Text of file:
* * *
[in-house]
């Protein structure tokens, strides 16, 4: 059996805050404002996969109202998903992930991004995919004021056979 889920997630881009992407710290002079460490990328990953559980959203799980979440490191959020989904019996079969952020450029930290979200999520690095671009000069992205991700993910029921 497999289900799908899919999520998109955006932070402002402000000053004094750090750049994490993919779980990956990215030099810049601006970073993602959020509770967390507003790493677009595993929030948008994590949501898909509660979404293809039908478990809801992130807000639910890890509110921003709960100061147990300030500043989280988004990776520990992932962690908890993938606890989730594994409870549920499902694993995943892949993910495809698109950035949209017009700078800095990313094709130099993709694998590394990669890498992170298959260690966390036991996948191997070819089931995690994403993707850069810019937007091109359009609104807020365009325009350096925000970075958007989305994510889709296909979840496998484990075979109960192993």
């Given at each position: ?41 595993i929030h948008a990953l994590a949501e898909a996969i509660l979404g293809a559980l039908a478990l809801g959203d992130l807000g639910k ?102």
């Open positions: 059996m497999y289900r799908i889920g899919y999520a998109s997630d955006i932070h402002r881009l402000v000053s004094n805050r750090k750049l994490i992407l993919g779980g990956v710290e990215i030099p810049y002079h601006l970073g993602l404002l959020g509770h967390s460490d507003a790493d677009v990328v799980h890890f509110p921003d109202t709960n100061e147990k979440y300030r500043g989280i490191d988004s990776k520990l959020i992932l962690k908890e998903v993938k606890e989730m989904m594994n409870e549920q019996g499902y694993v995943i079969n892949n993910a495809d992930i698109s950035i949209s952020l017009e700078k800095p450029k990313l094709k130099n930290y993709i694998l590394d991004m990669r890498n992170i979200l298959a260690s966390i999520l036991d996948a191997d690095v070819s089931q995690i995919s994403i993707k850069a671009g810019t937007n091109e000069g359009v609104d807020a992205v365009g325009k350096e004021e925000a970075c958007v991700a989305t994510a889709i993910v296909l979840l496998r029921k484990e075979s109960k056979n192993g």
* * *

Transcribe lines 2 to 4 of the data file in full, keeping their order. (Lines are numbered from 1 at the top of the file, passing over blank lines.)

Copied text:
């Protein structure tokens, strides 16, 4: 059996805050404002996969109202998903992930991004995919004021056979 889920997630881009992407710290002079460490990328990953559980959203799980979440490191959020989904019996079969952020450029930290979200999520690095671009000069992205991700993910029921 497999289900799908899919999520998109955006932070402002402000000053004094750090750049994490993919779980990956990215030099810049601006970073993602959020509770967390507003790493677009595993929030948008994590949501898909509660979404293809039908478990809801992130807000639910890890509110921003709960100061147990300030500043989280988004990776520990992932962690908890993938606890989730594994409870549920499902694993995943892949993910495809698109950035949209017009700078800095990313094709130099993709694998590394990669890498992170298959260690966390036991996948191997070819089931995690994403993707850069810019937007091109359009609104807020365009325009350096925000970075958007989305994510889709296909979840496998484990075979109960192993």
């Given at each position: ?41 595993i929030h948008a990953l994590a949501e898909a996969i509660l979404g293809a559980l039908a478990l809801g959203d992130l807000g639910k ?102």
């Open positions: 059996m497999y289900r799908i889920g899919y999520a998109s997630d955006i932070h402002r881009l402000v000053s004094n805050r750090k750049l994490i992407l993919g779980g990956v710290e990215i030099p810049y002079h601006l970073g993602l404002l959020g509770h967390s460490d507003a790493d677009v990328v799980h890890f509110p921003d109202t709960n100061e147990k979440y300030r500043g989280i490191d988004s990776k520990l959020i992932l962690k908890e998903v993938k606890e989730m989904m594994n409870e549920q019996g499902y694993v995943i079969n892949n993910a495809d992930i698109s950035i949209s952020l017009e700078k800095p450029k990313l094709k130099n930290y993709i694998l590394d991004m990669r890498n992170i979200l298959a260690s966390i999520l036991d996948a191997d690095v070819s089931q995690i995919s994403i993707k850069a671009g810019t937007n091109e000069g359009v609104d807020a992205v365009g325009k350096e004021e925000a970075c958007v991700a989305t994510a889709i993910v296909l979840l496998r029921k484990e075979s109960k056979n192993g």